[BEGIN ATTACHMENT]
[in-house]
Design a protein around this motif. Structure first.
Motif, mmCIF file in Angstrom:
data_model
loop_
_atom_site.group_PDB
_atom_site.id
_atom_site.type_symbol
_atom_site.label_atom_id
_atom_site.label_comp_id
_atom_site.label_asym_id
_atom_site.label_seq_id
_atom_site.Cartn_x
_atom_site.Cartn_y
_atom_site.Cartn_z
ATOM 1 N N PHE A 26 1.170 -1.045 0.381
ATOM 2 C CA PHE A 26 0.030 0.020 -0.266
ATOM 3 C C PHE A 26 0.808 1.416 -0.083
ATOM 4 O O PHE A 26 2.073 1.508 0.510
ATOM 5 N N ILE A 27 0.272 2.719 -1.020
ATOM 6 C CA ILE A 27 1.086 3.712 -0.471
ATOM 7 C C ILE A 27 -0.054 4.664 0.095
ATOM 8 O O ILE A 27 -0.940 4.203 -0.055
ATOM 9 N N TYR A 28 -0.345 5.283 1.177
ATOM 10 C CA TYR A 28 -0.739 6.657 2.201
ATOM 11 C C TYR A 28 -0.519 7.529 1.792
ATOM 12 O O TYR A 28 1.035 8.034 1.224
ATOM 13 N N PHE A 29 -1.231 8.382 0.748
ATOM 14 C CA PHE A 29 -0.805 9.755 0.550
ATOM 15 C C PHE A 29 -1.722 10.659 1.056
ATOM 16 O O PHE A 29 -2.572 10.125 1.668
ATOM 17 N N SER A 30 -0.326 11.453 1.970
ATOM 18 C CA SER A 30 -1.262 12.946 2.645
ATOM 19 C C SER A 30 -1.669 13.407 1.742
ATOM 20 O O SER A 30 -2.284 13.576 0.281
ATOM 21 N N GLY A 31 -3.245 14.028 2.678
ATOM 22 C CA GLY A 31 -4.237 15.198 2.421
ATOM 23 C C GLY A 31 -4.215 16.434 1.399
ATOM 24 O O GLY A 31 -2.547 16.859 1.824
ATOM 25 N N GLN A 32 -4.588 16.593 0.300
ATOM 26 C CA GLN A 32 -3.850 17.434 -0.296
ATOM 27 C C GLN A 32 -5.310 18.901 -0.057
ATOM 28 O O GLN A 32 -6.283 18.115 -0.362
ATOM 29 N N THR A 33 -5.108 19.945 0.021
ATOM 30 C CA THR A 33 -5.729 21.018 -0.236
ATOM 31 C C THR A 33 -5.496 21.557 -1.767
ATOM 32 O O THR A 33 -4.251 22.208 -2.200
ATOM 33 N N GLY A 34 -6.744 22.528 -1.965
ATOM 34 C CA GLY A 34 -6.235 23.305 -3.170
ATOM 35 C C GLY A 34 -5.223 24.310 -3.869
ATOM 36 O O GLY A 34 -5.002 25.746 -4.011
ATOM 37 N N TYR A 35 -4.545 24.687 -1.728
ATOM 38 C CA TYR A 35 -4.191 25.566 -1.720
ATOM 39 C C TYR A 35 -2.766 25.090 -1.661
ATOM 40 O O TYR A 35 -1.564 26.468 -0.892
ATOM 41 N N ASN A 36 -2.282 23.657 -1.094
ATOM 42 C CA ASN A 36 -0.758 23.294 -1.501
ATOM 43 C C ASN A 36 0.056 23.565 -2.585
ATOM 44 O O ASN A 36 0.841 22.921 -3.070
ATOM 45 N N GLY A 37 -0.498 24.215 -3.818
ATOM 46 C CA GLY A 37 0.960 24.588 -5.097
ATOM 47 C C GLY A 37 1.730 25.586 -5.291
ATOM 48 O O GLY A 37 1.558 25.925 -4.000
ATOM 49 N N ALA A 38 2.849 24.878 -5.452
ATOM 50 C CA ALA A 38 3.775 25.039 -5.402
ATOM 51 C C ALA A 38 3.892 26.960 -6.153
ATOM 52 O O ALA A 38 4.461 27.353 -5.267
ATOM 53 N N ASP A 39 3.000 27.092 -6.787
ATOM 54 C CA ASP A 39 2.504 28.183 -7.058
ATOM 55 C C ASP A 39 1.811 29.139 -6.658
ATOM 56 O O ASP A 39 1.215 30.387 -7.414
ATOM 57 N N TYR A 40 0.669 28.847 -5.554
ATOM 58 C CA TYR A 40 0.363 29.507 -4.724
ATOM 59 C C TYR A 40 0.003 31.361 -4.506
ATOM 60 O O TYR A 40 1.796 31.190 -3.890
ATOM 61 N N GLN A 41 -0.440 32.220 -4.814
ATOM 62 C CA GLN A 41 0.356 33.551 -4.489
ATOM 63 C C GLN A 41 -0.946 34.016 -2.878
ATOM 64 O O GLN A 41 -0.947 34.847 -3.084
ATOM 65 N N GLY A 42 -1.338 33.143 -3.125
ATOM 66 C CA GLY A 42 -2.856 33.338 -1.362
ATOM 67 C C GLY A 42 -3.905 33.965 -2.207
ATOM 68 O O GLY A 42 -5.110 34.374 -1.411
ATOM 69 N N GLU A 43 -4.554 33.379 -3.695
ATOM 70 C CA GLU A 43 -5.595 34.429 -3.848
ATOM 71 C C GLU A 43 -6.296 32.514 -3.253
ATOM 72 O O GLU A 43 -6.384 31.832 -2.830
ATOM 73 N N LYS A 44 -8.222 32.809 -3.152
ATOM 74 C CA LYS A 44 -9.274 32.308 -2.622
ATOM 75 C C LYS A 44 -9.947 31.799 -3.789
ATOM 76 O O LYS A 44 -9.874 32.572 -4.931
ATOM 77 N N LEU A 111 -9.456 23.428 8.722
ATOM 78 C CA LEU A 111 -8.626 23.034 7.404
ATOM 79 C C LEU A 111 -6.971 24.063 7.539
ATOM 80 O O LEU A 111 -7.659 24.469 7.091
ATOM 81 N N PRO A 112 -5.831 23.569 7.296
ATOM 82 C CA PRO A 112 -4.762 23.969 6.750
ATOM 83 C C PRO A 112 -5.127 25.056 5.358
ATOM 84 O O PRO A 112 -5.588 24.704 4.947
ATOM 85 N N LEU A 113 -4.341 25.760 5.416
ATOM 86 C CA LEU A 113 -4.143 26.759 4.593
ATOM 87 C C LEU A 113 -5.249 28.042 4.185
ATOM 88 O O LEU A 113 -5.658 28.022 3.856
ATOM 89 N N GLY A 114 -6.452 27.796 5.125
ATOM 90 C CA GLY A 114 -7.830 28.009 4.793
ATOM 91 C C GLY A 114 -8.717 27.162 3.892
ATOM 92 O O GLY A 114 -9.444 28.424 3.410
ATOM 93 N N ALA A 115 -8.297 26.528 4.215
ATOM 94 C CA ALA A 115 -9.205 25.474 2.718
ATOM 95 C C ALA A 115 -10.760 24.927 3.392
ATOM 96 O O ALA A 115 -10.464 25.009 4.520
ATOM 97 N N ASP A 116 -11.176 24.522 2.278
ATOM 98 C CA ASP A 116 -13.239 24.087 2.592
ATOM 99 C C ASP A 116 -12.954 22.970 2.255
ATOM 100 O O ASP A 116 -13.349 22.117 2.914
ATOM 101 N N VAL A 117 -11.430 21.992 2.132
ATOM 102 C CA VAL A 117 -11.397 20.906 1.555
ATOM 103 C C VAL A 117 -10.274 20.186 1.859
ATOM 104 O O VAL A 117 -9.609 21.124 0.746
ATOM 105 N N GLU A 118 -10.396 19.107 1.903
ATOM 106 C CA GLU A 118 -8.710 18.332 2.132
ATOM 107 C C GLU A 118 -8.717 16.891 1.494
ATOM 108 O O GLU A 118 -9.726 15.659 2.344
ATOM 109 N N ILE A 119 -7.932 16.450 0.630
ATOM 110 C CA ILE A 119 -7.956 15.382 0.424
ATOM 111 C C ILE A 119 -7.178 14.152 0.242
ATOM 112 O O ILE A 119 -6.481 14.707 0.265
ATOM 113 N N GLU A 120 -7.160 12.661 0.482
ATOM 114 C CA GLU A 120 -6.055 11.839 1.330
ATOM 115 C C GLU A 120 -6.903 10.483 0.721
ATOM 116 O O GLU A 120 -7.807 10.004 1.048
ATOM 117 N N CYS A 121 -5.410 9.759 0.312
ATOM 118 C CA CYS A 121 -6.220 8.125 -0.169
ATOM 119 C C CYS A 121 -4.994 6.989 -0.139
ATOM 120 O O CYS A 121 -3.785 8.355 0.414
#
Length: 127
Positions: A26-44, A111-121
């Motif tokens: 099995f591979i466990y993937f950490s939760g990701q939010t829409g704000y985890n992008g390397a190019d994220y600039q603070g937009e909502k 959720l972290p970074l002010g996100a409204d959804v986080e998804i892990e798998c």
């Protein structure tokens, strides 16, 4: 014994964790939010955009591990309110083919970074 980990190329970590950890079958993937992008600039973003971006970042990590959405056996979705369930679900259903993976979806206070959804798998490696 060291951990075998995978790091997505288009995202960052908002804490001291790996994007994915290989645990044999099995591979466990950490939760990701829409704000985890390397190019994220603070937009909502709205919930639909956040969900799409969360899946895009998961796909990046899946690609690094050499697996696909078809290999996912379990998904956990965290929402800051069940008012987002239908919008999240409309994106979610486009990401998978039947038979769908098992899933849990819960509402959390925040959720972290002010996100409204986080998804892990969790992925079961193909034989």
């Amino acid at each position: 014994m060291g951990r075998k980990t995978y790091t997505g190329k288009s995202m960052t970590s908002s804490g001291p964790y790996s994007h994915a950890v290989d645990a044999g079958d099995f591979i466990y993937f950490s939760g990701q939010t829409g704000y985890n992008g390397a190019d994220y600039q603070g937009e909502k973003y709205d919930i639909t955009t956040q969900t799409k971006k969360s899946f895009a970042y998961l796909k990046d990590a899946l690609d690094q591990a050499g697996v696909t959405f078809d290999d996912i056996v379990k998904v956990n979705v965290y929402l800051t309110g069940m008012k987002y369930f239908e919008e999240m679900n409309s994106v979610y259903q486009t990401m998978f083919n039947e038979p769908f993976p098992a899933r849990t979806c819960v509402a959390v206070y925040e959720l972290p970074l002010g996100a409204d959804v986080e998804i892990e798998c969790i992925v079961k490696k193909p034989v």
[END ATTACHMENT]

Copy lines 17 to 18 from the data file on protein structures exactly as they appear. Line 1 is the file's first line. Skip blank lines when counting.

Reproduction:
ATOM 2 C CA PHE A 26 0.030 0.020 -0.266
ATOM 3 C C PHE A 26 0.808 1.416 -0.083